THE STRAIGHT DOPE:
Nancy Savoca's True Love (1989) hails from the glorious last
of independent filmmaking at its peak, before Sundance became a
ground for airheads like Britney and J.Lo. This down-to-Earth tale of
love among the blue collar has strong characters, superb acting,
razor-sharp dialog and a characterization of the outer borough
Italian-American community that's far more realistic than practically
any other film. It's the exact opposite of My Big Fat Greek
Wedding, where broad humor and shallow ethnic stereotyping stood in
for real characters and drama.
Unlike that disappointing mega-blockbuster (which might as well have
starred Sandra Bullock, cost triple its budget, and grossed a tenth),
True Love doesn't feature a meet-cute. It doesn't smear make-up
on an "ugly" girl and make her beautiful. It doesn't unconvincingly
up a hunk and a slob. What it does do is paint a vivid, messy, realistic
portrait of Michael and Donna (Ron Eldard and Annabelle Sciorria, both
superb), plus their families and friends, in the days leading up to
their wedding. Michael is an insensitive jerk (he wants to go out with
his friends at totally inappropriate times) and Donna, for all her
frustration, is a bit overbearing (she wants to hook up with Michael
after his bachelor party.) They love, they fight, they have tender
moments and they have real lung-busting arguments. Domestic
can be like nails on a chalkboard to my ears; Unbearable and inane. But
never once do the characters here fall into simple droning cliche.
they're types: Hard-living, hard-loving urban ethnic mooks, but they
individuals. Savoca never looks down on her characters and she never
talks down to her audience.
Even though the story is simple, the characters aren't. Savoca's script gives her great cast a lot to work with and Eldard and Sciorra both turn in promising performances. They've both gone on to bigger things but they've rarely had the chance to approach characters from as many angles as they do here. Also excellent are a pair of actors who later turned up on The Sopranos: Aida Turturro and Vincent Pastore. Really, the whole cast is great.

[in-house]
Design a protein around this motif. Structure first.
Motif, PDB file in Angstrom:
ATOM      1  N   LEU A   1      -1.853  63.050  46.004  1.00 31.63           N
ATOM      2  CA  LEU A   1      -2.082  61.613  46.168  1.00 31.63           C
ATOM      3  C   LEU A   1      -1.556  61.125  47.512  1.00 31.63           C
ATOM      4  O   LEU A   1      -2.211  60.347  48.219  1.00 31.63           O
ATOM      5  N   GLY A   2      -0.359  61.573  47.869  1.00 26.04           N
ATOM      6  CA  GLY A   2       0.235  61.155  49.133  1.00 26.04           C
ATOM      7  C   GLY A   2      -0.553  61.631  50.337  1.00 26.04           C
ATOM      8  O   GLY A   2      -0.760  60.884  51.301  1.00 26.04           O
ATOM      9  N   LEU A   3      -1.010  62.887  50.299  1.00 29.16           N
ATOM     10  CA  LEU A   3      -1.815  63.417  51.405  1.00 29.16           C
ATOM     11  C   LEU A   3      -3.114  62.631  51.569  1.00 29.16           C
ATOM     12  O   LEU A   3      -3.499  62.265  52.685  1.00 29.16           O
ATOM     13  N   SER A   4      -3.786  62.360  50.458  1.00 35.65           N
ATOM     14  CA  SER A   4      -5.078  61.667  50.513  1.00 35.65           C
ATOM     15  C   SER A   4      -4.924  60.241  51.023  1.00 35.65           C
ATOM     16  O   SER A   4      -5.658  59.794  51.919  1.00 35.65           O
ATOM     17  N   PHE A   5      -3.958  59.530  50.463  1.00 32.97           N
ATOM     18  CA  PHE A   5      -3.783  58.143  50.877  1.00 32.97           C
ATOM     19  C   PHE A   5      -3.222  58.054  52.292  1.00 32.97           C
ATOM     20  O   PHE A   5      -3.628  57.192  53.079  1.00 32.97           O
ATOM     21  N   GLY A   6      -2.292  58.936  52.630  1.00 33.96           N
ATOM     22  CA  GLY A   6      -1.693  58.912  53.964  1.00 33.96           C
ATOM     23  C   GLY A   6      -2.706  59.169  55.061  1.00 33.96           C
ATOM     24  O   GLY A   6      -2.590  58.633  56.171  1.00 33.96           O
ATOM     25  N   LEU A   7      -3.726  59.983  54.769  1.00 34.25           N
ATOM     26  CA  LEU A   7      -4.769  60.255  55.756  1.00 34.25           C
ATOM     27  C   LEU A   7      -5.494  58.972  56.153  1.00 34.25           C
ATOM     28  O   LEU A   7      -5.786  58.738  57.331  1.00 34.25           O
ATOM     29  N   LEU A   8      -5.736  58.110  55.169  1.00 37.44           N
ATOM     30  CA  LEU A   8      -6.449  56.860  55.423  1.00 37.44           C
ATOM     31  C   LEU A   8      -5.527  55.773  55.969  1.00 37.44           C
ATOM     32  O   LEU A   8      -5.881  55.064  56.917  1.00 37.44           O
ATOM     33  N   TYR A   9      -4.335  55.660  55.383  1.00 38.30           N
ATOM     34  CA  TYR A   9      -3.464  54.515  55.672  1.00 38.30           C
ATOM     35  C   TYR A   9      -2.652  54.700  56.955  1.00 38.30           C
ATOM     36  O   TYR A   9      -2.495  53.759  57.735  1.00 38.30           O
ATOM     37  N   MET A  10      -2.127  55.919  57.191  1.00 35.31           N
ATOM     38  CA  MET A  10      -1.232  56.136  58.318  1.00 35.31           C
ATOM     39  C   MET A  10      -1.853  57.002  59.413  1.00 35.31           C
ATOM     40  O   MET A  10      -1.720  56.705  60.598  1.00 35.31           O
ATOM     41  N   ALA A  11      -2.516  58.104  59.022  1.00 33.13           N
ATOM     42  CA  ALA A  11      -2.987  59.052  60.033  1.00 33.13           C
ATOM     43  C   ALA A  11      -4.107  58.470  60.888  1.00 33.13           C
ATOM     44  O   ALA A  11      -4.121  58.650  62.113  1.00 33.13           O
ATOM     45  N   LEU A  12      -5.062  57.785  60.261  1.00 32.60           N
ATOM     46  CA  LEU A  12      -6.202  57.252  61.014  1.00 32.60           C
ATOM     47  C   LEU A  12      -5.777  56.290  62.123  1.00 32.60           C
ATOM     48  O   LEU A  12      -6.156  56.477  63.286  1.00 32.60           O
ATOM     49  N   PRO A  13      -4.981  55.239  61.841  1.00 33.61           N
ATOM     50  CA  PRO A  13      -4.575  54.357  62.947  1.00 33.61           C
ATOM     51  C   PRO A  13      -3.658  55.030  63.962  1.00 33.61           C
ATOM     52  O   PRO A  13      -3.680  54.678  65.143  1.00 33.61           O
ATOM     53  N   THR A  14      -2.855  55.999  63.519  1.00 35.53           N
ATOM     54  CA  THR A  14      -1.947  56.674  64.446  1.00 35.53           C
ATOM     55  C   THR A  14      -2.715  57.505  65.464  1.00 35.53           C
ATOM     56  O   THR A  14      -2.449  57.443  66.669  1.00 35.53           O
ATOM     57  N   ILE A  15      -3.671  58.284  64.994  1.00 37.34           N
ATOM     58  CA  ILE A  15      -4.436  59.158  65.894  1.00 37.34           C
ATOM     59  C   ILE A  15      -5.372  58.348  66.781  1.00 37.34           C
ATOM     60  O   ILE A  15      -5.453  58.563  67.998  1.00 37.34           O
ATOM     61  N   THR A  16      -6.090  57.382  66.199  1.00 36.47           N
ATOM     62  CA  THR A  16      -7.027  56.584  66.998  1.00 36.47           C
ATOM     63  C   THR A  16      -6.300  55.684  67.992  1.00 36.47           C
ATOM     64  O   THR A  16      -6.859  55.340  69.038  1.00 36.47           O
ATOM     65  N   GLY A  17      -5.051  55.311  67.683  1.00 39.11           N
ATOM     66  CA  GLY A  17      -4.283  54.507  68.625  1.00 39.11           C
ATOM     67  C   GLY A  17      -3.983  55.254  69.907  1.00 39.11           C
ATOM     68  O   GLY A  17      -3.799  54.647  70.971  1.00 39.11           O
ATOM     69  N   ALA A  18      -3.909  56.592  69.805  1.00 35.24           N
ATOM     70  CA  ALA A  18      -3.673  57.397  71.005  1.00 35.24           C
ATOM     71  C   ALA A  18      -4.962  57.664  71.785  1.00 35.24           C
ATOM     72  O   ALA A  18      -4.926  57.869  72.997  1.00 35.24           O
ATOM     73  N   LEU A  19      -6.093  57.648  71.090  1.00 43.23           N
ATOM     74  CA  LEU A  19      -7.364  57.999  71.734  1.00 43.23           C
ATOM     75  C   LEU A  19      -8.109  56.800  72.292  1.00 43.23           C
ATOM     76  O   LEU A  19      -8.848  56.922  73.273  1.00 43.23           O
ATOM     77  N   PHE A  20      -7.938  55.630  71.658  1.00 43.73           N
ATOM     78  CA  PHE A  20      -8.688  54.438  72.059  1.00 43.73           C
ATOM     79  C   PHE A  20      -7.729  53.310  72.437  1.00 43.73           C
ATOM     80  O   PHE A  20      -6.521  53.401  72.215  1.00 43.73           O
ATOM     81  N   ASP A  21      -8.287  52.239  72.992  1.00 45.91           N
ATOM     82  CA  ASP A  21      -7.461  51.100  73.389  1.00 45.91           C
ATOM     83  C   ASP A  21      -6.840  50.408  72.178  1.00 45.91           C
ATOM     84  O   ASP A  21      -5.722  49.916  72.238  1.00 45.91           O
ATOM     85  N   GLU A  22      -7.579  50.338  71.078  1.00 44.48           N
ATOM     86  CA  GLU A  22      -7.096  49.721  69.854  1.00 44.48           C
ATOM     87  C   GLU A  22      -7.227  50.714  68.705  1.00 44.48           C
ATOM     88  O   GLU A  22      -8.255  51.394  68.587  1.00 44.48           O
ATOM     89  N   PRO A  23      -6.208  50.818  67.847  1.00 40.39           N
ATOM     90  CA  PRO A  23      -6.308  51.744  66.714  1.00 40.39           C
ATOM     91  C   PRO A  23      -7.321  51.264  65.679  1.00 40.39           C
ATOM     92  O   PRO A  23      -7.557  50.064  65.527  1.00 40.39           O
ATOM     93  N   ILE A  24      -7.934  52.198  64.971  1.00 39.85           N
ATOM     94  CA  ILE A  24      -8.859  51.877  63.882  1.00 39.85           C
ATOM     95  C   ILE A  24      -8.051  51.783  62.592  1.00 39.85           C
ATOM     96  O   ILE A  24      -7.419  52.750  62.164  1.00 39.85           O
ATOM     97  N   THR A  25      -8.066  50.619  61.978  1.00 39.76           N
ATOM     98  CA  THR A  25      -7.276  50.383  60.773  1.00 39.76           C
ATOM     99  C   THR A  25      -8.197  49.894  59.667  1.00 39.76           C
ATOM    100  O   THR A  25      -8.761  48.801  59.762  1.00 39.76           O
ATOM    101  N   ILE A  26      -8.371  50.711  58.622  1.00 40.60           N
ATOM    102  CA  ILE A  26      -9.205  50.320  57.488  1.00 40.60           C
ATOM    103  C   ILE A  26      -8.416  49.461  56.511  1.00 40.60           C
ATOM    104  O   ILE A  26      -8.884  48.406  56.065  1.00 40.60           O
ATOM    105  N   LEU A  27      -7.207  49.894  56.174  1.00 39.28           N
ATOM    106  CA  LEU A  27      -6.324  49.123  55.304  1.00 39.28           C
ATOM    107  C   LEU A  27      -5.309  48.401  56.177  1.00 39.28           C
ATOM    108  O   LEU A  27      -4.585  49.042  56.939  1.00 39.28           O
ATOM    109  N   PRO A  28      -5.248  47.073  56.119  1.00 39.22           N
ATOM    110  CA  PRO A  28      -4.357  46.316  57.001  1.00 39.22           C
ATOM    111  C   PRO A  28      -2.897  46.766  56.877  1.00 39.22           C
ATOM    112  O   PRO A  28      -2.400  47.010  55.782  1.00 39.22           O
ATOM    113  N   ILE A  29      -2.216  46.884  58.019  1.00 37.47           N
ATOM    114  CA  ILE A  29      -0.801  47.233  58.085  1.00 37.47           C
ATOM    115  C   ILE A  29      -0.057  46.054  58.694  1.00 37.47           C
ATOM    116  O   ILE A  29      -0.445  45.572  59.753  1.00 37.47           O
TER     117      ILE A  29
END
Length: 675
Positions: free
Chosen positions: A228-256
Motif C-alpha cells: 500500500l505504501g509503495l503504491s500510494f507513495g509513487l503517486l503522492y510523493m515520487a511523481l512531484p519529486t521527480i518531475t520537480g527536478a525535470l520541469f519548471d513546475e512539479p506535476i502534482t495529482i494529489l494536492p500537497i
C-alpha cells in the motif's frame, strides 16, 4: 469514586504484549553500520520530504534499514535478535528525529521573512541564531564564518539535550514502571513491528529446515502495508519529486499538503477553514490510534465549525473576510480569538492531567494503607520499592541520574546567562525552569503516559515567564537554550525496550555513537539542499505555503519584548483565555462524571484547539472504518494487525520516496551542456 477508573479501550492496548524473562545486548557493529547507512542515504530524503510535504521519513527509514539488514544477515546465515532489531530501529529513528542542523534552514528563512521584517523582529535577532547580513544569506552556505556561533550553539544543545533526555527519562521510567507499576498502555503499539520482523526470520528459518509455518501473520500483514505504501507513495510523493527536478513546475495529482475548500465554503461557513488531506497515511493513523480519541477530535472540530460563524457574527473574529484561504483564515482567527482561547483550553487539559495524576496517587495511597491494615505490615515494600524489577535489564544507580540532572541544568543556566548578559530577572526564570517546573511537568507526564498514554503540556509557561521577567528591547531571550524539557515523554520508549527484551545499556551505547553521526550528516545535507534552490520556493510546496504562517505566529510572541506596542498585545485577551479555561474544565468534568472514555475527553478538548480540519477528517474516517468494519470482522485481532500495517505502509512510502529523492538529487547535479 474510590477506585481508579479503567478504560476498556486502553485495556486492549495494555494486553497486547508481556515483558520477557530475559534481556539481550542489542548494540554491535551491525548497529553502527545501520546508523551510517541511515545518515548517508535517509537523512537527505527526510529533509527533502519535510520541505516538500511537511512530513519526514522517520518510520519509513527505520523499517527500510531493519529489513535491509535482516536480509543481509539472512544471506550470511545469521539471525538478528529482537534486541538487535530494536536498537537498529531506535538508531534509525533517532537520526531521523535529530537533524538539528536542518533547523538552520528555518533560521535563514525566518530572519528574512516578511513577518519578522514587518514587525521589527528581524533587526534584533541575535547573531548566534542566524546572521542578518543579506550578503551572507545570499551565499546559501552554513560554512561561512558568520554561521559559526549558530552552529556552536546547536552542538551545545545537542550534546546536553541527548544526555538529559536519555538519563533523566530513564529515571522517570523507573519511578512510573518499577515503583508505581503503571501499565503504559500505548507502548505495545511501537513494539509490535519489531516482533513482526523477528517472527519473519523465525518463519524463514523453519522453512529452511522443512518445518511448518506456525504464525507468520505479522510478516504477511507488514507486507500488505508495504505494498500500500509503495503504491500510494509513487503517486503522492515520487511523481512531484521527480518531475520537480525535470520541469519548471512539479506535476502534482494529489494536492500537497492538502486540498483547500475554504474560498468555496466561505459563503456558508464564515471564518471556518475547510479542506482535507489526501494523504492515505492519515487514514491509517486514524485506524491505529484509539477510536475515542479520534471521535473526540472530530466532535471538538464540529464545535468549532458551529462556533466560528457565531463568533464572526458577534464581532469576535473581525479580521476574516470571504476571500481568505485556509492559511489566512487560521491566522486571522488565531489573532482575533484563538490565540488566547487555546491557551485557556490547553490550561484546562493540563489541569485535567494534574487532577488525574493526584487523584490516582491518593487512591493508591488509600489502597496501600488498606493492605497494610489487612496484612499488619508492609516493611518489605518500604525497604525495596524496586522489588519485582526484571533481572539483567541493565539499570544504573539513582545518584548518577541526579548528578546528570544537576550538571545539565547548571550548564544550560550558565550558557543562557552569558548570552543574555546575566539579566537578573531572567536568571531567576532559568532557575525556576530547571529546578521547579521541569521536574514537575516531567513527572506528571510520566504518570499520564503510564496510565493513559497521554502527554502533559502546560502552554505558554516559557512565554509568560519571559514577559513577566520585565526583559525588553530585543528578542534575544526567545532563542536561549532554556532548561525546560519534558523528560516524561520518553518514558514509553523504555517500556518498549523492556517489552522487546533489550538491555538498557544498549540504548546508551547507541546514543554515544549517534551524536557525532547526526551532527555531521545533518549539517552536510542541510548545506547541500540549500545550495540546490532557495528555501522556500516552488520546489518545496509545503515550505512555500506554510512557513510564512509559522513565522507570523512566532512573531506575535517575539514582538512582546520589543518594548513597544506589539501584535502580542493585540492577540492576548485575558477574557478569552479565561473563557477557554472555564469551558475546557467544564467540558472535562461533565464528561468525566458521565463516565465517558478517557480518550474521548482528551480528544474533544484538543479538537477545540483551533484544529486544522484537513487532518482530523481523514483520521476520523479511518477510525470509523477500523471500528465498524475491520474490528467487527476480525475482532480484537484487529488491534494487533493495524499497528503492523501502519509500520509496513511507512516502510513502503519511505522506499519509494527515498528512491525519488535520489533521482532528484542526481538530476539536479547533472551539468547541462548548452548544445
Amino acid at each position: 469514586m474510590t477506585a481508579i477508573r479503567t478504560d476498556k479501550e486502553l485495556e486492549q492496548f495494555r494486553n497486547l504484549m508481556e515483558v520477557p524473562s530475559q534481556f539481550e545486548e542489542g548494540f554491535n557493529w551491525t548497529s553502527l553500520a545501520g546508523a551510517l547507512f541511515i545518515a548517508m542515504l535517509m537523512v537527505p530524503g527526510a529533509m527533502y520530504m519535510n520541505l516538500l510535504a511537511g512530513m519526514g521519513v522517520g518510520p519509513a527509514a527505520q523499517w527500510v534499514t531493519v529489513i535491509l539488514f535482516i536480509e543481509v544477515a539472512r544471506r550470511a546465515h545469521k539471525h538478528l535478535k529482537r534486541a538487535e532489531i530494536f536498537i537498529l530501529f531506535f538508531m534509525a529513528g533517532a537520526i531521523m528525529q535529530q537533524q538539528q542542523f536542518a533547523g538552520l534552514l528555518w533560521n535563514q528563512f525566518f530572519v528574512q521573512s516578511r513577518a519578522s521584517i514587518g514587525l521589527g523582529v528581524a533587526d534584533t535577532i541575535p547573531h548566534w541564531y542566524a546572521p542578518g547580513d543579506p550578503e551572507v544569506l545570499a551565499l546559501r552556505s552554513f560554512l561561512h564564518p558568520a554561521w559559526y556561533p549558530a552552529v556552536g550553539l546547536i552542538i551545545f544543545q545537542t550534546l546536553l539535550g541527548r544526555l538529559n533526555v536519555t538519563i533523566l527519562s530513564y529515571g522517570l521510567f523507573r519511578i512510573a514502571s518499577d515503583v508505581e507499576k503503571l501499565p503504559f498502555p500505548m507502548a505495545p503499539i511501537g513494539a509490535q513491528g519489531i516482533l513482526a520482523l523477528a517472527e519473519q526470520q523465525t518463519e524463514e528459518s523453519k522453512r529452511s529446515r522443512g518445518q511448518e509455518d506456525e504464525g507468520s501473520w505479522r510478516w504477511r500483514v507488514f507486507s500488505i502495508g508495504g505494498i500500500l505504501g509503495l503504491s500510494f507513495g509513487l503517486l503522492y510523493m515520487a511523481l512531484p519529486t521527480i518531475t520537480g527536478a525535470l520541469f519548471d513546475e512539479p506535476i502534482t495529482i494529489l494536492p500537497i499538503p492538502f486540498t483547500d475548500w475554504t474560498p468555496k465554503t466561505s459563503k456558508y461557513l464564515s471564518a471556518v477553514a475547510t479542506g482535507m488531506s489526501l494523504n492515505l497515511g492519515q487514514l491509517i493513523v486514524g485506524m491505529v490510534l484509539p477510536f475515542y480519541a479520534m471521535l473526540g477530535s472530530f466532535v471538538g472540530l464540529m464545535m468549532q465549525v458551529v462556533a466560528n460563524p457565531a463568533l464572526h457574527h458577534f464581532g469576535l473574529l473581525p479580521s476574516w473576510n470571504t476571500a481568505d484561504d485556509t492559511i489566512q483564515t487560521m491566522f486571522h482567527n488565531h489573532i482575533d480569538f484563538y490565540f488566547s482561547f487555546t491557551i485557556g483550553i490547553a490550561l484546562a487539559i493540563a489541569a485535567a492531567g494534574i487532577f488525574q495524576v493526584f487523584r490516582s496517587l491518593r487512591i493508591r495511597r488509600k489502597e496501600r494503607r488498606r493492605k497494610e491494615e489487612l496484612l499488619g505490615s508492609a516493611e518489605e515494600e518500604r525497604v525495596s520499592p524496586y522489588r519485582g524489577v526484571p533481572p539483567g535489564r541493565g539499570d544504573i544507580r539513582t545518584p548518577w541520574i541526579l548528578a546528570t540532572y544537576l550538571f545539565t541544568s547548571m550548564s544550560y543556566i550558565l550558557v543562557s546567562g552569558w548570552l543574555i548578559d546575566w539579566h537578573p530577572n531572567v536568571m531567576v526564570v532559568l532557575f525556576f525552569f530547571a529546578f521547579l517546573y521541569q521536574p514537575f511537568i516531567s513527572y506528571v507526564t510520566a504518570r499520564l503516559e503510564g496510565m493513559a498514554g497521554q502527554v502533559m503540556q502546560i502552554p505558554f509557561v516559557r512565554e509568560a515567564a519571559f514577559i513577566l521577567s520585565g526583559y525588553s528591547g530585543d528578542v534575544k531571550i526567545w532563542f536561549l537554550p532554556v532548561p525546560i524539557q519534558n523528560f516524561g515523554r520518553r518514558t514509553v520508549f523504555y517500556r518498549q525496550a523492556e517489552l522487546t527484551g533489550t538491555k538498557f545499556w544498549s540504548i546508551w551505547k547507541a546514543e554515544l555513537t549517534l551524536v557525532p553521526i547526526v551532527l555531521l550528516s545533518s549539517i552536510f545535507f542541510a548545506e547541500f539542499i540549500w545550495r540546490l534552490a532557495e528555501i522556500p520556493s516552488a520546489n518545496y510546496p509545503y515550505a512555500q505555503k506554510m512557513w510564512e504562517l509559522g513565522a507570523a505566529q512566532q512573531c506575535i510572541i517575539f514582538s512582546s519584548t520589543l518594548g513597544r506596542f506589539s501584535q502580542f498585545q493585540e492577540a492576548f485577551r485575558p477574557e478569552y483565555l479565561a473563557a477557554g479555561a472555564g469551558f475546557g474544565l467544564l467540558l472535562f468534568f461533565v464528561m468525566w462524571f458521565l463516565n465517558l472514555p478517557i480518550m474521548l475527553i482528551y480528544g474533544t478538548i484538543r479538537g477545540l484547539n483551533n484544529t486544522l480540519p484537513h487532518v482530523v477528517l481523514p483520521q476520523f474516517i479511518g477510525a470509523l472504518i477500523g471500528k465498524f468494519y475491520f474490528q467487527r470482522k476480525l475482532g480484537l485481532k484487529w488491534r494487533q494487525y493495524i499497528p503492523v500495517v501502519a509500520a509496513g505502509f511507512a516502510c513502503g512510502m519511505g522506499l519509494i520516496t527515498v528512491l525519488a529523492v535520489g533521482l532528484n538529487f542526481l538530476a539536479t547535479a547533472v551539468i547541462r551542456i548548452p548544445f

Just like her writing and casting decisions, Savoca's pacing is right on. For a film with no discernible plot it really keeps the audience on the edge of its seat. There are real questions as to the strength of Michael and Donna's relationship and with a true, uncertain ending Savoca never betrays that.
In a shameful move, MGM presents True Love in full-frame only.
There are moments when action happens off-screen and I couldn't tell if
that was by design or due to cropping. Still, it detracts from the film. Also, the image is overly gritty and grainy. Certainly some of this is due to the film's production, but the hint of digital compression was also present. Not a spectacular transfer, by any means.
The Dolby Digital stereo soundtrack is limited in its range and somewhat muddy. Again, low-budget location filming contributes to the clattering soundtrack but careful attention on the part of those mastering for DVD probably could have rendered a lively urban soundscape. Not a terrible mix, but sloppy.
Just a trailer.
This disc is slack in terms of the technicals (and I can see a better edition released at some point, but not soon) but the film is winning and smart. Fans of independent cinema should at least give it a rent. Unlike the noisy Greek Wedding, True Love is honest and real. But the same viewers should be able to appreciate it. A smart look at blue-collar life that doesn't contain drug deals-gone-wrong and mobster-wannabes is rare but when it's as strong as this it's worth the wait.